Infarmed hosts another meeting of experts to assess the epidemiological situation of covid-19 in Portugal. Contrary to what would be expected, experts do not recommend changing the risk matrix.
André Peralta Santos, responsible for the information and analysis services of the Directorate-General for Health (DGS), says that the country has a “low to moderate” incidence, around 60 new cases per 100 thousand inhabitants, “with a slight upward trend in the last week”.
“There are not many municipalities with an incidence greater than 120 cases per 100 thousand inhabitants”, he said. There are now 12 counties in this situation, encompassing 683 thousand inhabitants, that is, 7% of the population.
In turn, the Lisbon municipality it has an incidence greater than 120, which “may be of greater concern” because of its higher population density.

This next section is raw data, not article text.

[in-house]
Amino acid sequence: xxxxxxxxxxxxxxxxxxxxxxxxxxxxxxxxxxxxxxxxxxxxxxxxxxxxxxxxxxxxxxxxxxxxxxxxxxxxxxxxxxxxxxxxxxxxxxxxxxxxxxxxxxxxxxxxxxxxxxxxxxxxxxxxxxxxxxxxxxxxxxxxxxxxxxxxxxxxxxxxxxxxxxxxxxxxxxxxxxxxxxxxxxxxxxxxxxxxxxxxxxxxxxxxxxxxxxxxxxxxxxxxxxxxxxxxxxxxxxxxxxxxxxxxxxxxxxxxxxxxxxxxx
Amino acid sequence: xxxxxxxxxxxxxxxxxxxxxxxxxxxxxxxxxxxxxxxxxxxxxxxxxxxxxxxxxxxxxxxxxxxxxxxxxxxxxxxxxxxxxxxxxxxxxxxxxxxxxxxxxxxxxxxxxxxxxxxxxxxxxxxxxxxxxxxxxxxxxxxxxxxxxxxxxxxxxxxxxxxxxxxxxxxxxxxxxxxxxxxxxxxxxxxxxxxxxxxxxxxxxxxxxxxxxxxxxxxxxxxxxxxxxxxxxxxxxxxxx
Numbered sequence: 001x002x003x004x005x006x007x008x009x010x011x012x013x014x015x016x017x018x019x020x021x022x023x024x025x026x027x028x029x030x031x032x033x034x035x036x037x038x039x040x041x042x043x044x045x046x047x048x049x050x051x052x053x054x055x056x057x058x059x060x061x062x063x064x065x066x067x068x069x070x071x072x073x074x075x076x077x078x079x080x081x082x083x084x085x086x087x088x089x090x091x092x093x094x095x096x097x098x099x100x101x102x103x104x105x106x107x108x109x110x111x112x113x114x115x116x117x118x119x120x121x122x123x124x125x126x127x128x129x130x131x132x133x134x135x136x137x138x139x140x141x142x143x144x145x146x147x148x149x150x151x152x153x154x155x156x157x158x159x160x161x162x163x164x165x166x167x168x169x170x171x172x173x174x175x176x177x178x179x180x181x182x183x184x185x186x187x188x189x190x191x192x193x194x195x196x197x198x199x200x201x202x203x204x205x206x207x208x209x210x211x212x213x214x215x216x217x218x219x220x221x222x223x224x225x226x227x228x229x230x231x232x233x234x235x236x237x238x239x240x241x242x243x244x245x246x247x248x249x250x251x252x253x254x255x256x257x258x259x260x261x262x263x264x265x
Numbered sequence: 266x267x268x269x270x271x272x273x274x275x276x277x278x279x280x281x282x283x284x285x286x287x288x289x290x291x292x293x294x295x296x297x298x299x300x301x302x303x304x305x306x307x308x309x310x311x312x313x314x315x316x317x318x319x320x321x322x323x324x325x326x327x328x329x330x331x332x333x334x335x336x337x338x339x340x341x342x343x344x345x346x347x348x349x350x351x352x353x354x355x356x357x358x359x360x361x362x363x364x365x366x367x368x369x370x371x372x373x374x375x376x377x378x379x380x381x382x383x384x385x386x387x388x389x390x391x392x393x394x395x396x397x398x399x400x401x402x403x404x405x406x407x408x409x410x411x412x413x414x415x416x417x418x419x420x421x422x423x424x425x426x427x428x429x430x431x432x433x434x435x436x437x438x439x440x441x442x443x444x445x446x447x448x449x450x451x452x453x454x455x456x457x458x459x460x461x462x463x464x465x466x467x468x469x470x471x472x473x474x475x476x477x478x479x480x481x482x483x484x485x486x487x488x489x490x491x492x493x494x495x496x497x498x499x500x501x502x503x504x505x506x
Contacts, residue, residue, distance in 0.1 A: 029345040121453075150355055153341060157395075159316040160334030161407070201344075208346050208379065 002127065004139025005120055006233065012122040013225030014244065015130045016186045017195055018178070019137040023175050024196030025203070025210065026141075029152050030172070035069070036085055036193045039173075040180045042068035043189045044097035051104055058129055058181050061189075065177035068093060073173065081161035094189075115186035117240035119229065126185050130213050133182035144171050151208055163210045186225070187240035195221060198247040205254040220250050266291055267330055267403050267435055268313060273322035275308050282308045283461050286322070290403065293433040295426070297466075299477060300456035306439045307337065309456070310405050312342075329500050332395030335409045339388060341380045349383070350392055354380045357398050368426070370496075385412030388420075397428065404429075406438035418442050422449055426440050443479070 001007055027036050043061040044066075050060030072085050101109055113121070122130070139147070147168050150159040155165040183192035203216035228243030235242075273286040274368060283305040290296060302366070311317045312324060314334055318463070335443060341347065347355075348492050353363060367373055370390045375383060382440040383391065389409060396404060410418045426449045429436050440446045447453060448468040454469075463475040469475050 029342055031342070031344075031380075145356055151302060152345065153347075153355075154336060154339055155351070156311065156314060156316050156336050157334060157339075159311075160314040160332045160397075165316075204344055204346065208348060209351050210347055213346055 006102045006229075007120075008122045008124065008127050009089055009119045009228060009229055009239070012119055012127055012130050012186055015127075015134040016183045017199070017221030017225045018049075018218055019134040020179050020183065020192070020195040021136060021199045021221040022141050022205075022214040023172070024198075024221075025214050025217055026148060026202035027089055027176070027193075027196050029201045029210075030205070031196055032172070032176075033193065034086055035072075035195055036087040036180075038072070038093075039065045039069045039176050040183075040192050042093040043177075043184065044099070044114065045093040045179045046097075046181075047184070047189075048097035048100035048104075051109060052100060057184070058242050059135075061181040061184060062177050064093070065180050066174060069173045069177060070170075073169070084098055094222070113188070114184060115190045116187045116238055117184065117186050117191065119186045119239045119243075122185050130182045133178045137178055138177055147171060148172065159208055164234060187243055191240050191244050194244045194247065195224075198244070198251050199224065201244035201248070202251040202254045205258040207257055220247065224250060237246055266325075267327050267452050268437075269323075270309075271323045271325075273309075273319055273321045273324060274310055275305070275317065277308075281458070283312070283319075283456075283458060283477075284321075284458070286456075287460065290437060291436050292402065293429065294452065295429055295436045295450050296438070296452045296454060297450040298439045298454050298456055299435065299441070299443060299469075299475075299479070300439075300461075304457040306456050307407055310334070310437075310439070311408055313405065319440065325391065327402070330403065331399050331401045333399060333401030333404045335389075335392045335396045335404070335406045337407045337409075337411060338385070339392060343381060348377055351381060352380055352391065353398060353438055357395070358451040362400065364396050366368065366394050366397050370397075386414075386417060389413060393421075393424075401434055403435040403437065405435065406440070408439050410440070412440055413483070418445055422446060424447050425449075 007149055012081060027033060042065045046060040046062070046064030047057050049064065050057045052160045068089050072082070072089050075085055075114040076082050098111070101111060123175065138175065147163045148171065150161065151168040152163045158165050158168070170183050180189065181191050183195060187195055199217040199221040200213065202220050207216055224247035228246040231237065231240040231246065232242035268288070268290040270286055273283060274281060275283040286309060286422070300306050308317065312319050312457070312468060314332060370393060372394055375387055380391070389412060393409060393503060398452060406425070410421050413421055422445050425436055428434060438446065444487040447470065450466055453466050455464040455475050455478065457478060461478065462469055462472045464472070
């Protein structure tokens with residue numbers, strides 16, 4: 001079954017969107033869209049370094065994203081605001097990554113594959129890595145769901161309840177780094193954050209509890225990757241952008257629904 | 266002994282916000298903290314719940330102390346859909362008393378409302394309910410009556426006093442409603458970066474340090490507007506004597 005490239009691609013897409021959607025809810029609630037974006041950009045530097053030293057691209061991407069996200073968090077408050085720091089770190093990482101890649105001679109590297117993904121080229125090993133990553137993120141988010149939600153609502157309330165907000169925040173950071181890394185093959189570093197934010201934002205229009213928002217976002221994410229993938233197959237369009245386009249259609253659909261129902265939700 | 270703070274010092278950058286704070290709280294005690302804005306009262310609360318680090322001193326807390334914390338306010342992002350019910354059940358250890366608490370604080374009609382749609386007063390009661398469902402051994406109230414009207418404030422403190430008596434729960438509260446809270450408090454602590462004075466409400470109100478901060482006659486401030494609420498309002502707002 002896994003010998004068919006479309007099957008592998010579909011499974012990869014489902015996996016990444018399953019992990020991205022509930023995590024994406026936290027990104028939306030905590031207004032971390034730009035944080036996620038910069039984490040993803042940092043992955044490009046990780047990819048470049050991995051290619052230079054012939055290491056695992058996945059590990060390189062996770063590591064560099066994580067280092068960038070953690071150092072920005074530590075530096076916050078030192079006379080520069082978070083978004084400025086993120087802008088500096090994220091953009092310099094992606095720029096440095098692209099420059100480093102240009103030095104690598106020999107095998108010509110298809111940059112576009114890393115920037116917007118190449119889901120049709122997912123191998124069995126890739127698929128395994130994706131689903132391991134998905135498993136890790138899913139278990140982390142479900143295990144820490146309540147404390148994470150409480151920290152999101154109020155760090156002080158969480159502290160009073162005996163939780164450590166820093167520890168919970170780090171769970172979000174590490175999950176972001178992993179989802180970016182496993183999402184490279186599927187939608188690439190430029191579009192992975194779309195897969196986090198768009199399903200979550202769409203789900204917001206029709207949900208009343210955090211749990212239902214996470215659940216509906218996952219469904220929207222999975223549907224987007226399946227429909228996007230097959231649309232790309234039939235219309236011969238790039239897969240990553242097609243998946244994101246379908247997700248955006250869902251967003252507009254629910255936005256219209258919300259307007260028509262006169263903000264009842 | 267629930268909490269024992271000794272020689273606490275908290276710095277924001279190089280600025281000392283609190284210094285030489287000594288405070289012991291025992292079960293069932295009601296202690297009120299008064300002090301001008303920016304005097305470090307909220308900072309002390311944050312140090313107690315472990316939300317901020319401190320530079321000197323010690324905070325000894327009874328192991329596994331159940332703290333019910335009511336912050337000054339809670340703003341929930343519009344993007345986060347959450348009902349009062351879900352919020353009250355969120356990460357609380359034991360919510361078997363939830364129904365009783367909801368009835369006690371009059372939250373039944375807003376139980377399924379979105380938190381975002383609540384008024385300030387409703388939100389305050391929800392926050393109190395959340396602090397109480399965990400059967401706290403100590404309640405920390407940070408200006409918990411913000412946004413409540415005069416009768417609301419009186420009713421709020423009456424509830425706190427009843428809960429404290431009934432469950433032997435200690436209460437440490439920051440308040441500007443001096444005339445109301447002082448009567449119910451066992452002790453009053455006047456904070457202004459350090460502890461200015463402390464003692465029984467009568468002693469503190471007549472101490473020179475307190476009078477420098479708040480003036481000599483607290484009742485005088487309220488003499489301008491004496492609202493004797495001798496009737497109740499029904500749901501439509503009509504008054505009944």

The region of Lisbon and the Tagus Valley, on the other hand, revealed “an increase in the incidence of being an area of great density and intense pendular movements”, however, as a region, the incidence figures remain below 120 cases per 100,000 inhabitants.
The expert stresses that the highest incidence was registered in the group between 20 and 40 years old, that is, “young adults”, with greater emphasis on the age group of 20 to 29 years old.
Older people, that is, people over 80 years old, remain in a “downward trend”, as a result of vaccination. The researcher adds that among the 272 people over the age of 80 who were infected already after having a complete vaccination, there were 15 hospitalizations and no deaths.